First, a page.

4. The fact that the majority of our western wild herds are already managed at “Appropriate Management Levels” (AML) that are below the minimum threshold for genetic viability. Sterilizing individuals and further reducing genetic variation could lead to irreversible harm.

You can read our full comments and explanation for the above concerns, as well as our suggestions regarding this proposed study, by clicking here.

Thank you for your support and interest. We appreciate the fact that you care about the health of our herds and how BLM manages them.

The Cloud Foundation
107 South 7th St
Colorado Springs, CO 80905
www.thecloudfoundation.org

Update to AQHA Racing Awards and Publicity Policy

The American Quarter Horse Association is committed to the welfare of horses, as well as the integrity of American Quarter Horse racing.

In an effort to recognize only those whose standards help to maintain the integrity of our sport, the Association created the Racing Awards and Publicity Policy in 2018. This policy prohibits any horse or trainer of record with racing violations from being considered for AQHA awards or publicity.

Effective January 1, 2020, any horse associated with a trainer who is added to the violations list during the year will be required to pass a hair test, in addition to meeting the other requirements, before it will be removed from the AQHA Awards and Publicity list.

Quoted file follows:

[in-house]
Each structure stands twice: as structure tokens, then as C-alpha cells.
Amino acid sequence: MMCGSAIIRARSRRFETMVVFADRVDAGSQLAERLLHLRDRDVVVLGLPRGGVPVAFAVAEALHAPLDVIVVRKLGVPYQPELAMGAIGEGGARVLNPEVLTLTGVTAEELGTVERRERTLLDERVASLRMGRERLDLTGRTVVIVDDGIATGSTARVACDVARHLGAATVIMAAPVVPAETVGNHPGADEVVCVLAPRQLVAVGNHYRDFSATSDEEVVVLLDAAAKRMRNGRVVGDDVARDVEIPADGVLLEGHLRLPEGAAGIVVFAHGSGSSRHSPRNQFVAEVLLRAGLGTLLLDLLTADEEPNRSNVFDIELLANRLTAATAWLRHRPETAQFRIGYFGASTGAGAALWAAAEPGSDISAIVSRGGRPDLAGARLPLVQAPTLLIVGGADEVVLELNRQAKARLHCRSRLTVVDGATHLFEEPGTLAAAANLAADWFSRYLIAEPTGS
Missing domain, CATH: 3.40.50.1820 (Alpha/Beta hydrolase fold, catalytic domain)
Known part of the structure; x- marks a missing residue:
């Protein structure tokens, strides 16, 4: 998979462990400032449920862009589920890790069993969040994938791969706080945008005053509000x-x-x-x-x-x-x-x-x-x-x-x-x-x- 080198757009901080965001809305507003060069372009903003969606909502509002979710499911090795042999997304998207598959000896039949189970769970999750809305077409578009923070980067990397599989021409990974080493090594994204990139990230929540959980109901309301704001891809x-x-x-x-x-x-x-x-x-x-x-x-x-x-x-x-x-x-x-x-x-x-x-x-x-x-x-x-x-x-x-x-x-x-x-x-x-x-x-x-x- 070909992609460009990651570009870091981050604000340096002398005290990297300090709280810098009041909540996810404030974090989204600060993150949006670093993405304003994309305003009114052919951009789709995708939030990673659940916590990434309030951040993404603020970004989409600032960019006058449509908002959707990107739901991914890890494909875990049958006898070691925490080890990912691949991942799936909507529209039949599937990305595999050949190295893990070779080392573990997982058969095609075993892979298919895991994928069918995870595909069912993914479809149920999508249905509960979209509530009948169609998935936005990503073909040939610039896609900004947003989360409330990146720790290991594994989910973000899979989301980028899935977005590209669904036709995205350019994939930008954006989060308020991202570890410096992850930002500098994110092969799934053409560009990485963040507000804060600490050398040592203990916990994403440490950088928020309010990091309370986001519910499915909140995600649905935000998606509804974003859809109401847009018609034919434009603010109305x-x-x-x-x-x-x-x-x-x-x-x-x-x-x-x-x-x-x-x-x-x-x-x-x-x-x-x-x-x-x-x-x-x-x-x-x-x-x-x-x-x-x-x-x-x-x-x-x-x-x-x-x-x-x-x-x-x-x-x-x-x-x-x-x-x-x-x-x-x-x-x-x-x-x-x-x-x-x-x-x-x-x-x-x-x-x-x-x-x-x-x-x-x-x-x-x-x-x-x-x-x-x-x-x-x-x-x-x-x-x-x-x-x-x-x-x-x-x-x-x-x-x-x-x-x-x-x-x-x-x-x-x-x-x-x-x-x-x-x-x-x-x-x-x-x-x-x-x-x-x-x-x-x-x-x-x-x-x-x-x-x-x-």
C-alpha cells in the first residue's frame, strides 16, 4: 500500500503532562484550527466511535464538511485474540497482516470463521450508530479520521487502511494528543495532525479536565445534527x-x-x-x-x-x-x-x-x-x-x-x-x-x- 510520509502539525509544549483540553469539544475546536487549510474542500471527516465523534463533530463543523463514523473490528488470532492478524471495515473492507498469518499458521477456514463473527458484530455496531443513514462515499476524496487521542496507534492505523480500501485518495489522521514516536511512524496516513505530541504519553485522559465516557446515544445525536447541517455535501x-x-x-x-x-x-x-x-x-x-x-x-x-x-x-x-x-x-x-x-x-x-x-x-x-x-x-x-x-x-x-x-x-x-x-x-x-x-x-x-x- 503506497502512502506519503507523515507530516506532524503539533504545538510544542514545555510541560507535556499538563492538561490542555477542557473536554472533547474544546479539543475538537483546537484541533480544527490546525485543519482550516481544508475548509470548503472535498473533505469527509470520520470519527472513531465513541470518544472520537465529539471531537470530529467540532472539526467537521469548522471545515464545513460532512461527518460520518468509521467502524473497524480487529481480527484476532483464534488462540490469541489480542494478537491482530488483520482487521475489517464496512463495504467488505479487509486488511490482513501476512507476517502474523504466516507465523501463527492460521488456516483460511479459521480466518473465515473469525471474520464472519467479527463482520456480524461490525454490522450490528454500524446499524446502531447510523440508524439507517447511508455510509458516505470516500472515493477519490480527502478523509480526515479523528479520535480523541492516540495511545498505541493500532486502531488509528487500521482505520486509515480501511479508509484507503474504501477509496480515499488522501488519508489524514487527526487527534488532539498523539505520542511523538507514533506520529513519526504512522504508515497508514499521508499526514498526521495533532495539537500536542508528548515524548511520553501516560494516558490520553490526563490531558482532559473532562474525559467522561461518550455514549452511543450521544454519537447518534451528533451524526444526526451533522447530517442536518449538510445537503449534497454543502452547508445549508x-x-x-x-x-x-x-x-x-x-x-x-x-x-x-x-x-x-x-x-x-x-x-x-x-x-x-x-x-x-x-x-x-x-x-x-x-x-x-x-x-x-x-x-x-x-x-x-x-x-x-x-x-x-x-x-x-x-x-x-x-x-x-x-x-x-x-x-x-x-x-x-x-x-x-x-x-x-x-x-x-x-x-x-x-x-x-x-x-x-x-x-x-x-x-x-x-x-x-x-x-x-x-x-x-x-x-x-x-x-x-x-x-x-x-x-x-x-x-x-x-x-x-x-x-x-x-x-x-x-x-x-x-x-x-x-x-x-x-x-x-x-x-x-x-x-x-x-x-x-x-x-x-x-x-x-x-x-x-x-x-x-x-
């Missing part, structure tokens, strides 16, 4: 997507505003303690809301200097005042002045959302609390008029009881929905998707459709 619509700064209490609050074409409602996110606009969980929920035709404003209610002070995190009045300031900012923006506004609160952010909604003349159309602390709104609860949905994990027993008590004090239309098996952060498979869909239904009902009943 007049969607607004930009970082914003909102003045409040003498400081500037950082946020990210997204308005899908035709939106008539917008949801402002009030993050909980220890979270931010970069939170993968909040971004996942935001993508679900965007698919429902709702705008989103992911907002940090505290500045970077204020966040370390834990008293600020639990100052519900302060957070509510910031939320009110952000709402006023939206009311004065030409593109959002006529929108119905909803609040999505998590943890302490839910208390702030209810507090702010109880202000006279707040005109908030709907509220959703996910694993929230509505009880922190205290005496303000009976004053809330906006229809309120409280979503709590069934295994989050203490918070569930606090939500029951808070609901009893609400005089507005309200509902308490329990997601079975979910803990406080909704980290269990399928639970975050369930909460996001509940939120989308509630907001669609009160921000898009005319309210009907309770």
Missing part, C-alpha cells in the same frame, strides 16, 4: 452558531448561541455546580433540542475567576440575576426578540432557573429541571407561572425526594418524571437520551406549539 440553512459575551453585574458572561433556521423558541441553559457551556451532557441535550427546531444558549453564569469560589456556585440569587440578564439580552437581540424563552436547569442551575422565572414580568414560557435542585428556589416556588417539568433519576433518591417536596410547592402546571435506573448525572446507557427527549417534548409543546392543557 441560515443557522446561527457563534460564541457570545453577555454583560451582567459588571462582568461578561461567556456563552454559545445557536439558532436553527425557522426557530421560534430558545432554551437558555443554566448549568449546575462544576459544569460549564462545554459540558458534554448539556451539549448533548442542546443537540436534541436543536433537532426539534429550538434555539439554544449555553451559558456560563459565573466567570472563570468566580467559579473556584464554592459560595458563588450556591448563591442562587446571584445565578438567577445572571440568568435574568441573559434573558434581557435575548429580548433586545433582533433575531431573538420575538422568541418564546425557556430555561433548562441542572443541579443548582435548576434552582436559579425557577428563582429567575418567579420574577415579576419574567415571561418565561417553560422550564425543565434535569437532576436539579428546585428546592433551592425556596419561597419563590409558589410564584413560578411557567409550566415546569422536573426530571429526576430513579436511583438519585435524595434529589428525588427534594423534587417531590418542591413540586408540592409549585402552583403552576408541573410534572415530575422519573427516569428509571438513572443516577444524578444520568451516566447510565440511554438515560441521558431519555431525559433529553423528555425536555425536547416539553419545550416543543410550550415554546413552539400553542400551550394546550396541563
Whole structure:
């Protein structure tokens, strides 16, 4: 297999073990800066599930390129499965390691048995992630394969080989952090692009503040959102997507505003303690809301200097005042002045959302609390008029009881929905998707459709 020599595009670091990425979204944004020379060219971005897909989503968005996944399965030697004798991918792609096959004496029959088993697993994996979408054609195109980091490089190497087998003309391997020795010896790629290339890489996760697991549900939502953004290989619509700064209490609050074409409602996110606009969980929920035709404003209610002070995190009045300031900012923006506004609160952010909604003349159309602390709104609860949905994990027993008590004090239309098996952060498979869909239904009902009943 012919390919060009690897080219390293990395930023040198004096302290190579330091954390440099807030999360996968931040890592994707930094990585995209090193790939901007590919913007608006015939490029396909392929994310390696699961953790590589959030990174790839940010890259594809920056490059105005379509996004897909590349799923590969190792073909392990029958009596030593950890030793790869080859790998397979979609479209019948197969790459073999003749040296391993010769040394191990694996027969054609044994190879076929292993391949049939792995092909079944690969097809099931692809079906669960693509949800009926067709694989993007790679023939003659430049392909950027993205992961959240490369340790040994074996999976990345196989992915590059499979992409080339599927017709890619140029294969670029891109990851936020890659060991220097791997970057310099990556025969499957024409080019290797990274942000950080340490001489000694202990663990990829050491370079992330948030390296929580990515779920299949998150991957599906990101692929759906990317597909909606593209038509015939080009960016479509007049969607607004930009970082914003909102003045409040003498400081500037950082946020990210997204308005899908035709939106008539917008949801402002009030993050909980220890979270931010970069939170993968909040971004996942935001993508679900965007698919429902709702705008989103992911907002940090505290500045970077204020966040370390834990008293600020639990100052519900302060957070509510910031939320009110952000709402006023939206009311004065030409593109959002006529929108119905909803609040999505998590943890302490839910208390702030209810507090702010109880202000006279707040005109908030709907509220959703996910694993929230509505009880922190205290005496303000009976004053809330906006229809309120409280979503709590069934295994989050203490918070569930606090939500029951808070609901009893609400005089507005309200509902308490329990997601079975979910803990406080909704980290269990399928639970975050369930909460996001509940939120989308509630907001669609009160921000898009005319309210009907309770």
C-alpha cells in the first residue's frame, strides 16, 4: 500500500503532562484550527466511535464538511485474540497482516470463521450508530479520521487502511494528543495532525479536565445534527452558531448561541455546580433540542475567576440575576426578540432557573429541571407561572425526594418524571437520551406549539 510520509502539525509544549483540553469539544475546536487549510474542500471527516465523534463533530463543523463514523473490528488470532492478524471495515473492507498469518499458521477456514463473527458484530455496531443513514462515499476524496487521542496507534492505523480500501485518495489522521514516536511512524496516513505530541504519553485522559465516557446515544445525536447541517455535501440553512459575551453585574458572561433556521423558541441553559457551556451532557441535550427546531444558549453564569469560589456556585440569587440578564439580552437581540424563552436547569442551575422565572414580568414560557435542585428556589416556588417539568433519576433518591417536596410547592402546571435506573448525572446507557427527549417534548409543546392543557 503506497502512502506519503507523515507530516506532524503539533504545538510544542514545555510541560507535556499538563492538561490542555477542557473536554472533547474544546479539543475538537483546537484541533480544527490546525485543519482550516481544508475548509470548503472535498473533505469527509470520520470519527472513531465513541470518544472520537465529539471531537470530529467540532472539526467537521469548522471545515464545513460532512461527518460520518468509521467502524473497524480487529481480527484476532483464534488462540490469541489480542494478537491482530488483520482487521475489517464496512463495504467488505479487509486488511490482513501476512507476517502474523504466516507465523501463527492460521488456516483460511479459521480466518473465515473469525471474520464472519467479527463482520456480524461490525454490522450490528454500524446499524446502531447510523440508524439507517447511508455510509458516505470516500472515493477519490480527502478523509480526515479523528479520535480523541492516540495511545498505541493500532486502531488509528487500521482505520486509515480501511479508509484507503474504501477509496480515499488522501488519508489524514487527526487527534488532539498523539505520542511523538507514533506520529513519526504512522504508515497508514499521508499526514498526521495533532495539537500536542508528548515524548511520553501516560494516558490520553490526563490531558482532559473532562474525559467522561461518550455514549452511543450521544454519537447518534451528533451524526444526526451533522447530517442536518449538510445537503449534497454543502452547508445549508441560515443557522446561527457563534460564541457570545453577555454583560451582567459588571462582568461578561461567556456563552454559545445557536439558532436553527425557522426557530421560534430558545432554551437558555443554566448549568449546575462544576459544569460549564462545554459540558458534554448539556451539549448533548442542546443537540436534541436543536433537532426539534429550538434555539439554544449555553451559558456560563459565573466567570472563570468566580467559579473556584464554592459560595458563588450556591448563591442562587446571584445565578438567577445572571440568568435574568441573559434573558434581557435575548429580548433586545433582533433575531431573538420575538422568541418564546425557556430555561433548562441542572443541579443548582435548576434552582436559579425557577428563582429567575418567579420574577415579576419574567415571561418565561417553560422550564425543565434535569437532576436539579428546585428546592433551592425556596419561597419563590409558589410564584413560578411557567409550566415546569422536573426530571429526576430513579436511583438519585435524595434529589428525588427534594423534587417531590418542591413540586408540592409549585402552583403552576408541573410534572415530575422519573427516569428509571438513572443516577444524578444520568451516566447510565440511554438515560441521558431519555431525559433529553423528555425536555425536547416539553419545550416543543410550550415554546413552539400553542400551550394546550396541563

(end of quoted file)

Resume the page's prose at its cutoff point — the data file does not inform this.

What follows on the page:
This recommendation originated from the AQHA Racing Committee, and was then approved by the AQHA Racing Council, followed by the AQHA Executive Committee.

Violations include positive tests for Class 1 or Class 2 substances, clenbuterol, any prohibited substances in the presiding jurisdiction, or any medications other than those defined by ARCI as being a controlled therapeutic medication, and also include as a violation the failure to report for out-of-competition testing.

The full AQHA Policy Concerning Awards and Publicity of Horses and/or Trainers with Racing Medication Positives, as well as a list of trainers and horses with violations, is available on the AQHA website. Information will also be posted about the standard procedure for the collection and testing of hair.

For more news and information, visit www.aqharacing.com.

American Quarter Horse Association
1600 Quarter Horse Drive
Amarillo, TX 79104